30 Years With SFCA: Q&A With Assistant Conductor Tina Harrington

Aug 3, 2020

by Emily Szerdy, SFCA Intern

Our audiences know SFCA’s Assistant Conductor Tina Harrington from her many solos and conducting appearances over the years, as well as numerous compositions performed by the choir, but there is much more to SFCA’s longest-serving member than is seen on stage.

From serving as Art Department Chair and Choral Director at The College Preparatory School in Oakland to making masks in her spare time, she is a leader, not only in SFCA, but for future musicians and music-lovers!

Although COVID-19 has put a halt to any in-person performances, it has not stopped Tina from making music. In fact this interview was conducted immediately after she completed the video editing class she is taking in order to ensure that her choir students can still perform!

SFCA Assistant Conductor
Tina Harrington

When and how did you start singing?

I can’t even remember — I was so little. My family was quite musical and we always had music around in the house, so I can’t remember when I didn’t sing. In Junior High School we had a fine arts summer school, so that was where I first started getting serious about it. My first choir conductor was my Junior High teacher Rose Clark. She was the first to teach me how to teach music.

Was there a specific moment when you realized that you wanted to have a career in music?

I’ve wanted to be a choir director pretty much since Mrs. Clark. As I said, she was the first to put it in my head, and she taught about teaching a piece — not necessarily from the beginning – but from the hard parts, or from the end.

Watch this excerpt from Tina’s July 2020 concert with organist and past SFCA Composer-in-Residence Mark Winges. Here the duo performs Winges’ “Prayer.”

More about the concert and this piece on our YouTube channel →

 In 11th grade, the choir director quit at the beginning of the school year, so the long-term substitute teacher had several kids teach songs they knew. After a few weeks of that, the instrumental teacher, Mr. Wong, who had been watching carefully, pulled me aside and said, “In six weeks there’s a concert. Put it together.” And so, I became the conductor of the class. That was when I knew I wanted to go into music.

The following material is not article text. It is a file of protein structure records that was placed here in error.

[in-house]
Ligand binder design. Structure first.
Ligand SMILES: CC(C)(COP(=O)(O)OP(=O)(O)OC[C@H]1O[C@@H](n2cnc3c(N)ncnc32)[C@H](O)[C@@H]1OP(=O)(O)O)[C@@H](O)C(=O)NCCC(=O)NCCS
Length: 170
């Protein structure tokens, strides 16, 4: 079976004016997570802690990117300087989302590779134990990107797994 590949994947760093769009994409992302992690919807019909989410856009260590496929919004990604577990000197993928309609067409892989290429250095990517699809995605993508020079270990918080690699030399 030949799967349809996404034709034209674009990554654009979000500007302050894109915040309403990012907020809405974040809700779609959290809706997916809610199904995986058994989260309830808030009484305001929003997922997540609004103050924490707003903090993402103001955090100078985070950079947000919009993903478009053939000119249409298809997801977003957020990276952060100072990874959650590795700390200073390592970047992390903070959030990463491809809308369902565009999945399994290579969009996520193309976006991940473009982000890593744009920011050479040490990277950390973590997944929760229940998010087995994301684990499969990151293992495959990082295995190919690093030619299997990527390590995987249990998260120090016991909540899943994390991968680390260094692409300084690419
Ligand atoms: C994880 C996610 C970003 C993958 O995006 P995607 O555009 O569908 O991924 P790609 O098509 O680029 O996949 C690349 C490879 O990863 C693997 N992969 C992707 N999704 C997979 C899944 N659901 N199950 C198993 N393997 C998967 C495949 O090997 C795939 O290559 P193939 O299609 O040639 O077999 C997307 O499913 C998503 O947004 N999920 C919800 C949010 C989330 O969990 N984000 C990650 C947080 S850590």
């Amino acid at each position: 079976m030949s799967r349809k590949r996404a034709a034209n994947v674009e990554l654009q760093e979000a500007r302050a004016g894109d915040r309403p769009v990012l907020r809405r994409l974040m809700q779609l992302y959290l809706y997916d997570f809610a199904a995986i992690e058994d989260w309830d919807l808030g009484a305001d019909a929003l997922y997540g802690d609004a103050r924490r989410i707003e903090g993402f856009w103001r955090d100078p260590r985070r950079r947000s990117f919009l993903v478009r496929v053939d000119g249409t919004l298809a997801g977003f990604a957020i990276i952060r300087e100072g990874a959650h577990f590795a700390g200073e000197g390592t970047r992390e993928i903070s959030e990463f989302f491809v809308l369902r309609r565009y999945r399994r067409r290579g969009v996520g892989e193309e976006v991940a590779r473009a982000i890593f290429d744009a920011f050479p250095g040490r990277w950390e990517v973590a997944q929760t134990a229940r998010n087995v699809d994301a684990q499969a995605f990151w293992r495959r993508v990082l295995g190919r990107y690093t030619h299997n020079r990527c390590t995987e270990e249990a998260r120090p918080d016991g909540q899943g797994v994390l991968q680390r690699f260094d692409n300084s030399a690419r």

How did you start singing with SFCA?

Back in those days, there were not as many groups as there are now. There were three or four groups that you would aspire to join. I had been singing in the San Francisco Symphony Chorus and my voice teacher was in Choral Artists. They had a last-minute opening, one of the Altos had to leave and the season had already begun, so she encouraged me to try out.

It was late October, just after the 1989 earthquake, they were probably a month and a half to two months into the rehearsal season, and my audition consisted of going to rehearsal and sight-reading with people. It was a little daunting because everybody knew the music already, but on the other hand… everybody knew the music already, so it was a little bit easier to follow along.

Over the past few months, how have you adapted to teaching and making music in a virtual space?

Well, I’m taking a video editing class, so that’s a big part of it! But as a teacher, I’ll have to rethink the kind of repertoire I’m choosing. For example, it can’t have a lot of metric changes if they’re going to be singing virtually and recording on their own.

I’m also going to spend less time doing music as a group, and I’ll meet with them more individually. I’ll give them some independent study options — anything I can help coach them with and they will each have an individual lesson every one to two weeks. I think that will be more engaging.

Does the recent heightened awareness of the need for inclusivity also affect how you’re planning to teach this year?

I’ve been talking to a friend of mine who is a wonderful performer and scholar of African American music. We’ll be doing a lot of work to ensure that the kids know how all of the American musical forms are influenced by African-American culture.

In talking to my friend about how to teach this, she suggested starting with the newest music and relating it back — she’s done some work that way. She’s taken a phrase that Kanye West used and traced it to Ray Charles, and back to gospel music.

I thought that was really interesting, so I’m hiring her to help me build this curriculum.

Recently we have all had a bit more time on our hands, so what have you been doing in your free time?

I don’t feel like I’ve had that much extra time because I’m trying to write a new curriculum and taking classes. I have a friend who has been making masks in huge numbers for folks living on reservations and other underserved communities; and so I cut out 800 squares of fabric, to help her do that, but that wasn’t a lot of time.

Because I’ve been sitting in a lot of Zoom meetings and staring in the distance to try and get my eyes to refocus, I have a whole lot of stuff that I want to do to fix up my house now. I’m sort of designing in my head.

Once we are allowed to start singing and going to “normal” live performances, is there anything that you are particularly looking forward to?

Well, we don’t know what we’re going to do at all now. I would love to be able to do the SFCA concert we were about to do in March. That was a really exciting concert! I love collaborating with Veretski Pass. I have pretty much just gone into “take it as it comes” mode. Being at any group thing would be really nice.

I think what I miss the most is my students. A lot of the way I teach and the way I work is intuitive, and I can do some of that through a screen, but not as much as in real life. The other thing I was doing when everything stopped was the school musical. We went into lockdown the week before our show. I think that’s my fantasy production: to be in the theater with my students doing Into the Woods.